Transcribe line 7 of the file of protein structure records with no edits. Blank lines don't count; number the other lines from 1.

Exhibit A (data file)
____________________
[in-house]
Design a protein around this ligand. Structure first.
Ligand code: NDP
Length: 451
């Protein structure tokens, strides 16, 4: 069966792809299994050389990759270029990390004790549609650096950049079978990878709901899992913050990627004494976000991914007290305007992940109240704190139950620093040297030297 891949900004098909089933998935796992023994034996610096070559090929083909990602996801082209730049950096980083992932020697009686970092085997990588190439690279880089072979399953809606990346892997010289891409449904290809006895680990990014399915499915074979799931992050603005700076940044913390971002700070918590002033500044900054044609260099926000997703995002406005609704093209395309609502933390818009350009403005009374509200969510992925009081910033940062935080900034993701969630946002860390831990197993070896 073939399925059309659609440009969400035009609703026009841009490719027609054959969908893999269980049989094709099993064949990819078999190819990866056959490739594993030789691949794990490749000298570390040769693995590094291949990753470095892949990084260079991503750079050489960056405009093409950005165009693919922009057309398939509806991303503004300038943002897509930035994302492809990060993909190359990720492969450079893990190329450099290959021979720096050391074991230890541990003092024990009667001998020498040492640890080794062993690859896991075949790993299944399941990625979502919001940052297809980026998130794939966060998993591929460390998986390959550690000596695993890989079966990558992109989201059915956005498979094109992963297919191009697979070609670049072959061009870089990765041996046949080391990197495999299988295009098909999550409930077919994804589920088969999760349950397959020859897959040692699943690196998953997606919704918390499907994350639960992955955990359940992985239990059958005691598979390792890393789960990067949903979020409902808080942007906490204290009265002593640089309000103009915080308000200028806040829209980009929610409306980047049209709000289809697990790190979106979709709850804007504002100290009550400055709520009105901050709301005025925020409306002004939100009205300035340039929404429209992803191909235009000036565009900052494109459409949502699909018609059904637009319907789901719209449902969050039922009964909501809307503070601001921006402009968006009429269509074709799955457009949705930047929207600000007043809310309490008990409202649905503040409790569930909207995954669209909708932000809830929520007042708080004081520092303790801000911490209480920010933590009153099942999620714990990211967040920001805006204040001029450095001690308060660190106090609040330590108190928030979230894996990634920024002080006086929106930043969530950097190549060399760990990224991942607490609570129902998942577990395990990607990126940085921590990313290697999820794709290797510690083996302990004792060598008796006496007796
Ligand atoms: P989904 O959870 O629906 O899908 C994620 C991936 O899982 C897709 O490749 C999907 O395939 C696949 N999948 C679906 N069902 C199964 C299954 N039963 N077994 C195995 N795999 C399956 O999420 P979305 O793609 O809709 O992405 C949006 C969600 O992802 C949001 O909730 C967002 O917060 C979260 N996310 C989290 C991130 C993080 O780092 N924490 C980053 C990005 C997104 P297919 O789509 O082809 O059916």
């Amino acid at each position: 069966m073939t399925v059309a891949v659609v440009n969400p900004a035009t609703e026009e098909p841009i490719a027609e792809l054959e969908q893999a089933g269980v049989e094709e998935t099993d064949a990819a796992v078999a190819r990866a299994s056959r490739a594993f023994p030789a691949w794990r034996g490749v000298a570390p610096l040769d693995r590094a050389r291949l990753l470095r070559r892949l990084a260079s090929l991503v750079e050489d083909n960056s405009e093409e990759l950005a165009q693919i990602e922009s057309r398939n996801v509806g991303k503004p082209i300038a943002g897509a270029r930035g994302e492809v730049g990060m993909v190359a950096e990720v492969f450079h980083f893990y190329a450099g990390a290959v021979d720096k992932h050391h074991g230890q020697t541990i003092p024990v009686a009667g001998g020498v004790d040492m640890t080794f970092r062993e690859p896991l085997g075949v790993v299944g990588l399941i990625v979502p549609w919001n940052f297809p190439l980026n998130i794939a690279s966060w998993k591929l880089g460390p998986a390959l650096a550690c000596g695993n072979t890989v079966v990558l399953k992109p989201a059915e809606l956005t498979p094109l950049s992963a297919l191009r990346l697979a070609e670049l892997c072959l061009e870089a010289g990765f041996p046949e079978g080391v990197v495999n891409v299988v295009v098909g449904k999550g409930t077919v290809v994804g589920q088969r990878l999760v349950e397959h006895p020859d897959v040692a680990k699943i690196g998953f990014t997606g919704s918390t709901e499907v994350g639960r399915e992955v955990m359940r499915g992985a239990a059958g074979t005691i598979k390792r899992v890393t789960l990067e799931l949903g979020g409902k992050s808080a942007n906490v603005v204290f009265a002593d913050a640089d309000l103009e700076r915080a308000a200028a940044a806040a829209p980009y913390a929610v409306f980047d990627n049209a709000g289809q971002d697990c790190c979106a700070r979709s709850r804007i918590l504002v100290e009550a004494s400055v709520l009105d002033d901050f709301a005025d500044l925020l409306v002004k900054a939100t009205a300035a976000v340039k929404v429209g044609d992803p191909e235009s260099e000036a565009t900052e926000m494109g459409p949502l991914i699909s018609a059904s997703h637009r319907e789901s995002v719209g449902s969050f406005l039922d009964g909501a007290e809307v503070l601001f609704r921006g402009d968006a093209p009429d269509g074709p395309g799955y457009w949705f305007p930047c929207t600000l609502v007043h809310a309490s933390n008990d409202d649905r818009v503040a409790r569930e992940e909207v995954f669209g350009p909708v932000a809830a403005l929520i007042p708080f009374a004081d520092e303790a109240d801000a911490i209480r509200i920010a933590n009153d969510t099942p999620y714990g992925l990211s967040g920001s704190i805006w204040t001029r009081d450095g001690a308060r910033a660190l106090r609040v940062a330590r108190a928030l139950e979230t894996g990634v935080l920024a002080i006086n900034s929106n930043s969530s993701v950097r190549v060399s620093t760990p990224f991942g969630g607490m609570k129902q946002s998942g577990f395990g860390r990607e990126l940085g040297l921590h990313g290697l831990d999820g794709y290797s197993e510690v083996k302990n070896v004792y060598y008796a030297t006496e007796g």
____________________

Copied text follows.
């Amino acid at each position: 069966m073939t399925v059309a891949v659609v440009n969400p900004a035009t609703e026009e098909p841009i490719a027609e792809l054959e969908q893999a089933g269980v049989e094709e998935t099993d064949a990819a796992v078999a190819r990866a299994s056959r490739a594993f023994p030789a691949w794990r034996g490749v000298a570390p610096l040769d693995r590094a050389r291949l990753l470095r070559r892949l990084a260079s090929l991503v750079e050489d083909n960056s405009e093409e990759l950005a165009q693919i990602e922009s057309r398939n996801v509806g991303k503004p082209i300038a943002g897509a270029r930035g994302e492809v730049g990060m993909v190359a950096e990720v492969f450079h980083f893990y190329a450099g990390a290959v021979d720096k992932h050391h074991g230890q020697t541990i003092p024990v009686a009667g001998g020498v004790d040492m640890t080794f970092r062993e690859p896991l085997g075949v790993v299944g990588l399941i990625v979502p549609w919001n940052f297809p190439l980026n998130i794939a690279s966060w998993k591929l880089g460390p998986a390959l650096a550690c000596g695993n072979t890989v079966v990558l399953k992109p989201a059915e809606l956005t498979p094109l950049s992963a297919l191009r990346l697979a070609e670049l892997c072959l061009e870089a010289g990765f041996p046949e079978g080391v990197v495999n891409v299988v295009v098909g449904k999550g409930t077919v290809v994804g589920q088969r990878l999760v349950e397959h006895p020859d897959v040692a680990k699943i690196g998953f990014t997606g919704s918390t709901e499907v994350g639960r399915e992955v955990m359940r499915g992985a239990a059958g074979t005691i598979k390792r899992v890393t789960l990067e799931l949903g979020g409902k992050s808080a942007n906490v603005v204290f009265a002593d913050a640089d309000l103009e700076r915080a308000a200028a940044a806040a829209p980009y913390a929610v409306f980047d990627n049209a709000g289809q971002d697990c790190c979106a700070r979709s709850r804007i918590l504002v100290e009550a004494s400055v709520l009105d002033d901050f709301a005025d500044l925020l409306v002004k900054a939100t009205a300035a976000v340039k929404v429209g044609d992803p191909e235009s260099e000036a565009t900052e926000m494109g459409p949502l991914i699909s018609a059904s997703h637009r319907e789901s995002v719209g449902s969050f406005l039922d009964g909501a007290e809307v503070l601001f609704r921006g402009d968006a093209p009429d269509g074709p395309g799955y457009w949705f305007p930047c929207t600000l609502v007043h809310a309490s933390n008990d409202d649905r818009v503040a409790r569930e992940e909207v995954f669209g350009p909708v932000a809830a403005l929520i007042p708080f009374a004081d520092e303790a109240d801000a911490i209480r509200i920010a933590n009153d969510t099942p999620y714990g992925l990211s967040g920001s704190i805006w204040t001029r009081d450095g001690a308060r910033a660190l106090r609040v940062a330590r108190a928030l139950e979230t894996g990634v935080l920024a002080i006086n900034s929106n930043s969530s993701v950097r190549v060399s620093t760990p990224f991942g969630g607490m609570k129902q946002s998942g577990f395990g860390r990607e990126l940085g040297l921590h990313g290697l831990d999820g794709y290797s197993e510690v083996k302990n070896v004792y060598y008796a030297t006496e007796g």